Post by peppercorn click to view.

#### peppercorn

• Neilep Level Member
• Posts: 1466
##### Re: Are trucks more efficient than cars?
« Reply #8 on: 30/08/2011 12:56:47 »
Shrunk
qazibasit - Thanks for adding nothing new to the discussion!

[ -Shrinkage- will follow in a few days, I expect! - A. Mod]
« Last Edit: 30/08/2011 13:02:19 by peppercorn »

#### teragram

• Sr. Member
• Posts: 122
##### Are trucks more efficient than cars?
« Reply #9 on: 30/08/2011 23:44:08 »
Just for interest's sake:-
I remember that in the 1970's, a good Diesel engine (Gardner LX or LW) was quoted as having a thermal efficiency of 38%. These days I would guess that over 40% (perhaps 45% is possible).
The trouble is that (as I.C. engine fans tend to forget) the efficiencies quoted are those obtained on a dynamometer,  are the best for the engine under test, and  occur over a relatively small part of the speed range. The efficiency in normal operation is  well below the peak figure appearing in the engine's specification. By contrast the effiency of a modern electric motor can be 90%, occurring over almost the entire speed range. Hence a series hybrid vehicle that uses it's engine at it's fixed, most efficient speed, to charge the battery for the electric motor, using the far superior efficiency of the latter for moving the vehicle , is a much better solution.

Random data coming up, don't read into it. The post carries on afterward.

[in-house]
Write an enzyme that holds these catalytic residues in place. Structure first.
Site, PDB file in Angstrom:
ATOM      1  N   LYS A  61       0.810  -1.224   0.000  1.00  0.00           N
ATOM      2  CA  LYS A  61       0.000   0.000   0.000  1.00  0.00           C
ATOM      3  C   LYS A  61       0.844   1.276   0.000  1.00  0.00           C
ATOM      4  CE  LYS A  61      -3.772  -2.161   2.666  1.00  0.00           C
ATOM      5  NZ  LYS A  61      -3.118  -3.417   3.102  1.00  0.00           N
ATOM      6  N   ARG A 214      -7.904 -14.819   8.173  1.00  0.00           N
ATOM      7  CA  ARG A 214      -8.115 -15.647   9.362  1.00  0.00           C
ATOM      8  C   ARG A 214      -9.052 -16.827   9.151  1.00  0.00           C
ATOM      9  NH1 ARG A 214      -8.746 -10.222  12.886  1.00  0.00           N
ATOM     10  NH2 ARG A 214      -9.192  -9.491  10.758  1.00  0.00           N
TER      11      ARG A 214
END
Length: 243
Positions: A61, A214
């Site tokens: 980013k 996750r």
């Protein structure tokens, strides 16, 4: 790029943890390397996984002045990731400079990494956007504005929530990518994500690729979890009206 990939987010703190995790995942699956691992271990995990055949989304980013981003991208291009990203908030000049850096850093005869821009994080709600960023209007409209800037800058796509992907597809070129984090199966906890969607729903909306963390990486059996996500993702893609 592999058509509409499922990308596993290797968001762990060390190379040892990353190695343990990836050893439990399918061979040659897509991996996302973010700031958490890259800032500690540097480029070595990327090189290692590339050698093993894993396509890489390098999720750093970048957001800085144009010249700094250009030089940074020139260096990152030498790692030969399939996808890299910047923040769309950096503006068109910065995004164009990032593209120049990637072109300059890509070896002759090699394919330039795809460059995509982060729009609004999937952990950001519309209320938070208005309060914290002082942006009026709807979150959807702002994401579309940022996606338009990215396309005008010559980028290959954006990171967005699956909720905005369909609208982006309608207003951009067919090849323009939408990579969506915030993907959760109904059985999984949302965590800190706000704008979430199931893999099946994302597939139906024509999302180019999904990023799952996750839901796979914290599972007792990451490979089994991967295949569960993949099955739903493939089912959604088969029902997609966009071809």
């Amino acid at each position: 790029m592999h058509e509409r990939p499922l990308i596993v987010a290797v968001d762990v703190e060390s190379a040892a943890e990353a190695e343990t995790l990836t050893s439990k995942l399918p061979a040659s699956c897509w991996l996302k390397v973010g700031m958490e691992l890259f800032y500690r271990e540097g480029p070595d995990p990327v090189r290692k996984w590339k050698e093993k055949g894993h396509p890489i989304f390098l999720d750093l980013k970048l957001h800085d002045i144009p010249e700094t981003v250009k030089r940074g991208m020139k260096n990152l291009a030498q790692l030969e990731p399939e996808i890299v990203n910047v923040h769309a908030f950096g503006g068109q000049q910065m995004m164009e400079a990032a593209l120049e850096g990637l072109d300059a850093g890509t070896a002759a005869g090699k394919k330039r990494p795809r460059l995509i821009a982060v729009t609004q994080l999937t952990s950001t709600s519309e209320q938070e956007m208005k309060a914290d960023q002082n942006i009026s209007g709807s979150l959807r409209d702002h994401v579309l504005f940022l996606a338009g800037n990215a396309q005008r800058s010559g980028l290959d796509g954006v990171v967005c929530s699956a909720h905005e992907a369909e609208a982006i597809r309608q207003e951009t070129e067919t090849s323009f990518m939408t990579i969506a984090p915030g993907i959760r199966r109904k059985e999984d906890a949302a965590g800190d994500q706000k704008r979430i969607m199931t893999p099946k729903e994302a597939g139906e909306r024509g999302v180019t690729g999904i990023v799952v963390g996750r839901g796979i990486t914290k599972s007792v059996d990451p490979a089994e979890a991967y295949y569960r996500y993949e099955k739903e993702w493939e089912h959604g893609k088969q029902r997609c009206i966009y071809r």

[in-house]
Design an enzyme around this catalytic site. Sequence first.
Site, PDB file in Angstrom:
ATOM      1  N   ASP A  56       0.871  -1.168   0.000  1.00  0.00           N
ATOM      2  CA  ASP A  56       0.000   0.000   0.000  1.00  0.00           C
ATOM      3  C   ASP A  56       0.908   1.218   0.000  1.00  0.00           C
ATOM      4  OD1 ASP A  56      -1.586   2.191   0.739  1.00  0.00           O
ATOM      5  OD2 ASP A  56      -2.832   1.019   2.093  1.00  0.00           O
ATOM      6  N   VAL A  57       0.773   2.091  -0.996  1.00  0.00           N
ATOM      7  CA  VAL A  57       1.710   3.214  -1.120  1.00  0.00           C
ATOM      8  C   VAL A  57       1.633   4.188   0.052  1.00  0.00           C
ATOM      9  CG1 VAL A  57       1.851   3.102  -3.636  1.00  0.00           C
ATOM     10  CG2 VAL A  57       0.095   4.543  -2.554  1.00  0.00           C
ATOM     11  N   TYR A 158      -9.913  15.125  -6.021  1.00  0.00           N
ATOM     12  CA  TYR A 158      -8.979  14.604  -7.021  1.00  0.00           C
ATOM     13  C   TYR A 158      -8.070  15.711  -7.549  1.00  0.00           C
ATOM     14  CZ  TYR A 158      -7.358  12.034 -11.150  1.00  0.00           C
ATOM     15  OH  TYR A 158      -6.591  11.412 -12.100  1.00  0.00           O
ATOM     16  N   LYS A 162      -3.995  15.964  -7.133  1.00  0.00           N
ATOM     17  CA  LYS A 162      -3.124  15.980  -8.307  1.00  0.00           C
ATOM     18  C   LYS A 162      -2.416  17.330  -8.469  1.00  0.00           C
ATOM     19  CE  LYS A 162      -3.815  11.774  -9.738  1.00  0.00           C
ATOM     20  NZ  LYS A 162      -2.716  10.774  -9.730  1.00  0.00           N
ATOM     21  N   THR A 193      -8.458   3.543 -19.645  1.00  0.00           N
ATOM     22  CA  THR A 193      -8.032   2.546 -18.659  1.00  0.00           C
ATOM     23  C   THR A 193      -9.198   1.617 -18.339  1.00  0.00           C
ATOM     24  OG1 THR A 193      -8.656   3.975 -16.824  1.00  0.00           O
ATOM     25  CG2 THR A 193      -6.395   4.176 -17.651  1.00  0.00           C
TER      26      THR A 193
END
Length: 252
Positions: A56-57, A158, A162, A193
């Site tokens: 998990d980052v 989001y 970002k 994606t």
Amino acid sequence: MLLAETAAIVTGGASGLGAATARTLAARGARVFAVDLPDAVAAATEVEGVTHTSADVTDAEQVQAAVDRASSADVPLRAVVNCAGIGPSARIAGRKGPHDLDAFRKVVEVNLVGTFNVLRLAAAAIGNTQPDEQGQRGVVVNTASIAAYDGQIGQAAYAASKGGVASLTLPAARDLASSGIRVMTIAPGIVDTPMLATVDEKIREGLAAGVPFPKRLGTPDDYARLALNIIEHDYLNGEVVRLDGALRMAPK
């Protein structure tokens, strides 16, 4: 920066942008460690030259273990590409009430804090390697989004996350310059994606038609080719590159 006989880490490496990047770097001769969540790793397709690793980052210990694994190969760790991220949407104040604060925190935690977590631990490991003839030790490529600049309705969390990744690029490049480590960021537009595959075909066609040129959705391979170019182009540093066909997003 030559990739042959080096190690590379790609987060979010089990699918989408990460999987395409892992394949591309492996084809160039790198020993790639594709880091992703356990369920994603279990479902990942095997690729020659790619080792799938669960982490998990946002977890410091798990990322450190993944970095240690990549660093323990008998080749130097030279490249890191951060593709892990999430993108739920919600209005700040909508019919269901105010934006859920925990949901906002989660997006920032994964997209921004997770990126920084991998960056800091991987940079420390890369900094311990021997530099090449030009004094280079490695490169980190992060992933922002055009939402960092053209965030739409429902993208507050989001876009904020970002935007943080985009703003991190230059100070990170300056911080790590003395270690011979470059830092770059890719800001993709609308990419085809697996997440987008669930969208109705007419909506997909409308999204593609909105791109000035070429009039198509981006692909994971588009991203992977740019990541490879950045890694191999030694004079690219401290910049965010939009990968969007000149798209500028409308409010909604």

As regards the difference between large and smaller engines:-
I was taught that in general terms, a larger engine is less efficient because of "friction and pumping" losses. These are present because an engine has to use some of the energy it produces to pump air in and out of it's cylinders, compress the gases, pump oil and water around it's lubrication system and cooling system. These and the larger areas of moving frictional surfaces, lead to greater losses in larger engines. I guess these must be offset to an extent by the fact that larger engines (especially Diesels) have a lower speed range, so the constraints mentioned above re. efficiencey and speed range will have a smaller effect. I guess this must mean that a slower revving engine must be better.

#### Geezer

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##### Are trucks more efficient than cars?
« Reply #10 on: 31/08/2011 07:54:09 »

I guess this must mean that a slower revving engine must be better.

There are so many variables involved that it's really hard to make a general statement that will always be true. F1 racing engines are very efficient from many perspectives, but unfortunately, they don't go for very long. Big diesels may be less efficient, but they go for a very long time.

#### The Naked Scientists Forum

##### Are trucks more efficient than cars?
« Reply #10 on: 31/08/2011 07:54:09 »